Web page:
We have become so separated from the food we put in our bodies, mainly because of the systematic bureaucracy that is our current agricultural industry. There has been an increase of Americans who do not want to give up the convenience of processed food and chemical ridden household items, but would pay a little more for something that they think is the healthier option. Major players in the consumer industry have been able to monopolize on and control the supply of certain items.

These companies began to realize the attractiveness of a green label and capitalize on the vulnerability of the customers. We have more recently become aware of a trend in product quality called greenwashing, which is when a company advertises its items as eco-friendly, when in fact they are far from it.

A style of greenwashing that can be seen heavily within the food industry is through visual deception. The green movement values a type of frontier ethic where there are limitless pastures and resources in rural America, scattered with small family farms, pesticide free agriculture, and little pollution. This is obviously not reality. However, as we shop in our congested urban areas, sometimes Americans cling to anything we believe to be healthy. We are enticed by pictures of red barns on meat packaging and egg cartons, and also words such as “CFC-free” and “all natural”. These companies give us a false perception that they are looking out for the best interest of the consumer and our environment, and this captivates us. Not only are these businesses misleading us to believe these products are eco-friendly, they are continuing to overcharge for them.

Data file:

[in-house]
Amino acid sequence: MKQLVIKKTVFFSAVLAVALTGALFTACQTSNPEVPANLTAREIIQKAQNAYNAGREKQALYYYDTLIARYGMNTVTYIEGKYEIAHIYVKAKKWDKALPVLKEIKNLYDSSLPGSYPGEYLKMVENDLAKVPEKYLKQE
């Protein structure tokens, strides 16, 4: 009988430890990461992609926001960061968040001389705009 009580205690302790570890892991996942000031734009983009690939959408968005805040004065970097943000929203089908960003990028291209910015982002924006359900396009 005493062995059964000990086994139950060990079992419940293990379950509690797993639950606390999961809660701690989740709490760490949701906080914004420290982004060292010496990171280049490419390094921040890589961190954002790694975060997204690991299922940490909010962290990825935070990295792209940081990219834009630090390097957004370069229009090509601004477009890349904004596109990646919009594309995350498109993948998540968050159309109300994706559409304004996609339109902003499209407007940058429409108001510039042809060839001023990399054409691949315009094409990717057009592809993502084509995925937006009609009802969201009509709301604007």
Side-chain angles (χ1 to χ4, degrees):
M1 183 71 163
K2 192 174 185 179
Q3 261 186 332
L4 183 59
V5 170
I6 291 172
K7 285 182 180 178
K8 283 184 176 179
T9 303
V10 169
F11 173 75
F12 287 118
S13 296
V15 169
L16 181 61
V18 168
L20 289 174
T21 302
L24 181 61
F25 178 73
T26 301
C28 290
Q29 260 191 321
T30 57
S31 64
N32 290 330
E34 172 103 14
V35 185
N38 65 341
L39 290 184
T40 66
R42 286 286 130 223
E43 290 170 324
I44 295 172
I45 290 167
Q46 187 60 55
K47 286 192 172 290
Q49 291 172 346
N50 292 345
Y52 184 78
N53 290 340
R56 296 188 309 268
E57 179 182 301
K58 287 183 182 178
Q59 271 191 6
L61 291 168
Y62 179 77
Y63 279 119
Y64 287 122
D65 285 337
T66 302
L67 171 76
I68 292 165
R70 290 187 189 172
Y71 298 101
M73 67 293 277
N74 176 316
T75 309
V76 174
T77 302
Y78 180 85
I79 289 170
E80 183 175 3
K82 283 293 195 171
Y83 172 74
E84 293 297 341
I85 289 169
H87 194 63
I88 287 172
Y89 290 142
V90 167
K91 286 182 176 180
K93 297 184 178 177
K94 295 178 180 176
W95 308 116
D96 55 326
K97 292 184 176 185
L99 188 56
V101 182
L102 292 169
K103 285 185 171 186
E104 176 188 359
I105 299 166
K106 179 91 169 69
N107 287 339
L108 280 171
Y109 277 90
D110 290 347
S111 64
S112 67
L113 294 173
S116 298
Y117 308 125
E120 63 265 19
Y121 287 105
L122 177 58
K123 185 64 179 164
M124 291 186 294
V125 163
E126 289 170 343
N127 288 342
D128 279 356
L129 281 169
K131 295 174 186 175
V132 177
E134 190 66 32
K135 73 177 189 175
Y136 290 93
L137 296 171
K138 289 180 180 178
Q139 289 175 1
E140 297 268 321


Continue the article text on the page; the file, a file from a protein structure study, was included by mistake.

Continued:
We have become a society so numbed by consumerism, that a disconnect has formed between us and the products we use on a daily basis. This gives big business room to take advantage of the market and present items as they choose. We are blind customers, willing to pay for anything. In order to combat against greenwashing, consumers around the country must become further educated and start consciously reading labels.



Sustainable Urbanism